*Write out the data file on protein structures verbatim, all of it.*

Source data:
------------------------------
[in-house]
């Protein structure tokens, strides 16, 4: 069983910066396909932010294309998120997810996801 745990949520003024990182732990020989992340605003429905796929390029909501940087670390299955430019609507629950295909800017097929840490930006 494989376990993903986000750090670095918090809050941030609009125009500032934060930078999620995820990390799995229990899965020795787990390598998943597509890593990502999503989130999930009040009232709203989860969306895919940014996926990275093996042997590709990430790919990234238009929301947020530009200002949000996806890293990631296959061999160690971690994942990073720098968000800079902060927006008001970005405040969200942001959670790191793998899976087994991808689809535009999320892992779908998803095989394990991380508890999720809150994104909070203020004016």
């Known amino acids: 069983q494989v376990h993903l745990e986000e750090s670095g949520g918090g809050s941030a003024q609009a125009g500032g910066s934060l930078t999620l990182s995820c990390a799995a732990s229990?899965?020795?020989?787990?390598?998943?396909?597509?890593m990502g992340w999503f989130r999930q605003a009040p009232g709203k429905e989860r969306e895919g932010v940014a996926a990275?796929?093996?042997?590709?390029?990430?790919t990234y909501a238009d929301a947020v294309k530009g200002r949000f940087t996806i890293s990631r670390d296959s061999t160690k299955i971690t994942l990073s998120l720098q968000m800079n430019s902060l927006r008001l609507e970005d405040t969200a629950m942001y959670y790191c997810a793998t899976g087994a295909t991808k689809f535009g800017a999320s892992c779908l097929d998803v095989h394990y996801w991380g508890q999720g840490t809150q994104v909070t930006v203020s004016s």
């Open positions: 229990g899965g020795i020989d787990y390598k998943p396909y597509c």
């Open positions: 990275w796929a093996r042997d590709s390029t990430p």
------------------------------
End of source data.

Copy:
[in-house]
């Protein structure tokens, strides 16, 4: 069983910066396909932010294309998120997810996801 745990949520003024990182732990020989992340605003429905796929390029909501940087670390299955430019609507629950295909800017097929840490930006 494989376990993903986000750090670095918090809050941030609009125009500032934060930078999620995820990390799995229990899965020795787990390598998943597509890593990502999503989130999930009040009232709203989860969306895919940014996926990275093996042997590709990430790919990234238009929301947020530009200002949000996806890293990631296959061999160690971690994942990073720098968000800079902060927006008001970005405040969200942001959670790191793998899976087994991808689809535009999320892992779908998803095989394990991380508890999720809150994104909070203020004016």
């Known amino acids: 069983q494989v376990h993903l745990e986000e750090s670095g949520g918090g809050s941030a003024q609009a125009g500032g910066s934060l930078t999620l990182s995820c990390a799995a732990s229990?899965?020795?020989?787990?390598?998943?396909?597509?890593m990502g992340w999503f989130r999930q605003a009040p009232g709203k429905e989860r969306e895919g932010v940014a996926a990275?796929?093996?042997?590709?390029?990430?790919t990234y909501a238009d929301a947020v294309k530009g200002r949000f940087t996806i890293s990631r670390d296959s061999t160690k299955i971690t994942l990073s998120l720098q968000m800079n430019s902060l927006r008001l609507e970005d405040t969200a629950m942001y959670y790191c997810a793998t899976g087994a295909t991808k689809f535009g800017a999320s892992c779908l097929d998803v095989h394990y996801w991380g508890q999720g840490t809150q994104v909070t930006v203020s004016s």
């Open positions: 229990g899965g020795i020989d787990y390598k998943p396909y597509c």
């Open positions: 990275w796929a093996r042997d590709s390029t990430p």